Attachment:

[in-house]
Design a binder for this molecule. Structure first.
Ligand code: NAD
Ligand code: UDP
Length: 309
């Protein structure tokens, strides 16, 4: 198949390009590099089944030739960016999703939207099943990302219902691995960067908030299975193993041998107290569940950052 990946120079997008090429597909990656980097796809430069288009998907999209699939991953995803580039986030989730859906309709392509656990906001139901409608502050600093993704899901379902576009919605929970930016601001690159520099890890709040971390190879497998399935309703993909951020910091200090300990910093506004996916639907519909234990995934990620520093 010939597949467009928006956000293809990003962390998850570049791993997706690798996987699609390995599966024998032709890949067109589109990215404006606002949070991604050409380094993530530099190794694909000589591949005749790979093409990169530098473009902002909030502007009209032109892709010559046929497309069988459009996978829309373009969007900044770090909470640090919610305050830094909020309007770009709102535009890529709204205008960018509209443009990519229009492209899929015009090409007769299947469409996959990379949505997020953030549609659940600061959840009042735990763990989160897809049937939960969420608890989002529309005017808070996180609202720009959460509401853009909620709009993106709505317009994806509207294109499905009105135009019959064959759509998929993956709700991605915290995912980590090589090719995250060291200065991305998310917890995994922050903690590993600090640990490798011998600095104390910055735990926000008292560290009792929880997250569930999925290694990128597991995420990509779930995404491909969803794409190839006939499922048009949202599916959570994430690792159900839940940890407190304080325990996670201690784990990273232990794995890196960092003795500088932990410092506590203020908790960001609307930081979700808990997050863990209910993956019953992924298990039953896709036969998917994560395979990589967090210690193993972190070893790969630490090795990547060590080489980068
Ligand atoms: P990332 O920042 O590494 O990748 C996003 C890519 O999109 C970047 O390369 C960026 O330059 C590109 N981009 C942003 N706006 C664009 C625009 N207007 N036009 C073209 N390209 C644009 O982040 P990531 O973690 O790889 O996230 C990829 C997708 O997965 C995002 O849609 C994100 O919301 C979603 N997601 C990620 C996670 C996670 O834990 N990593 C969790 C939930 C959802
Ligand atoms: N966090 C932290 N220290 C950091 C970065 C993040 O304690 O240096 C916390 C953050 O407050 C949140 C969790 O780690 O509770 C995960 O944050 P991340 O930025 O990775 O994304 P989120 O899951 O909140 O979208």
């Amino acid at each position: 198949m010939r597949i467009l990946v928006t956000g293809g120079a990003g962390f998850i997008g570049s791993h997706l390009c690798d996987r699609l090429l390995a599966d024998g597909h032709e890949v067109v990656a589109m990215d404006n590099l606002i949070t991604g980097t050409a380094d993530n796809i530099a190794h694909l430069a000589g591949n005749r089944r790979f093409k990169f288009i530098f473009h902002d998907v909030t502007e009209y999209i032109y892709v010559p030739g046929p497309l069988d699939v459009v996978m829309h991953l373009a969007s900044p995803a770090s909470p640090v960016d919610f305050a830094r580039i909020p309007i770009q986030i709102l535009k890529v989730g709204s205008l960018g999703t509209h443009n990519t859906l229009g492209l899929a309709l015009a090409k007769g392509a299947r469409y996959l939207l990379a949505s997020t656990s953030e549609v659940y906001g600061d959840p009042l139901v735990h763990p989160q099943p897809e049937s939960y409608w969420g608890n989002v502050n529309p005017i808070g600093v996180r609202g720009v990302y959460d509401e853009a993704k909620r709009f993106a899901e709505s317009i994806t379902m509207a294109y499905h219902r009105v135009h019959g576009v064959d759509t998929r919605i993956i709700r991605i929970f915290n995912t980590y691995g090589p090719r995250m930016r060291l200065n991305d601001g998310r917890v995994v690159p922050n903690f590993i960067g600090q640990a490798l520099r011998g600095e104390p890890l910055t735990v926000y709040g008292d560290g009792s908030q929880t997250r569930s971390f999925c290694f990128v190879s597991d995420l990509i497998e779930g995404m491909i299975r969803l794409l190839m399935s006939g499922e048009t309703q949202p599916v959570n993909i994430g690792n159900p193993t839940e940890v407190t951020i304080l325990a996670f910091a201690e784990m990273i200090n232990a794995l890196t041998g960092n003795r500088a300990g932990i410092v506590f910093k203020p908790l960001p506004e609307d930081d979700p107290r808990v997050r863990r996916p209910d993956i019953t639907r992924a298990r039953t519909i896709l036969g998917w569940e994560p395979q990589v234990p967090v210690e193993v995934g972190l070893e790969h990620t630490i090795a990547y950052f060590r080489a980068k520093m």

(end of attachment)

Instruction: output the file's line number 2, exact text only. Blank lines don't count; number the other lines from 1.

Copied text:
Design a binder for this molecule. Structure first.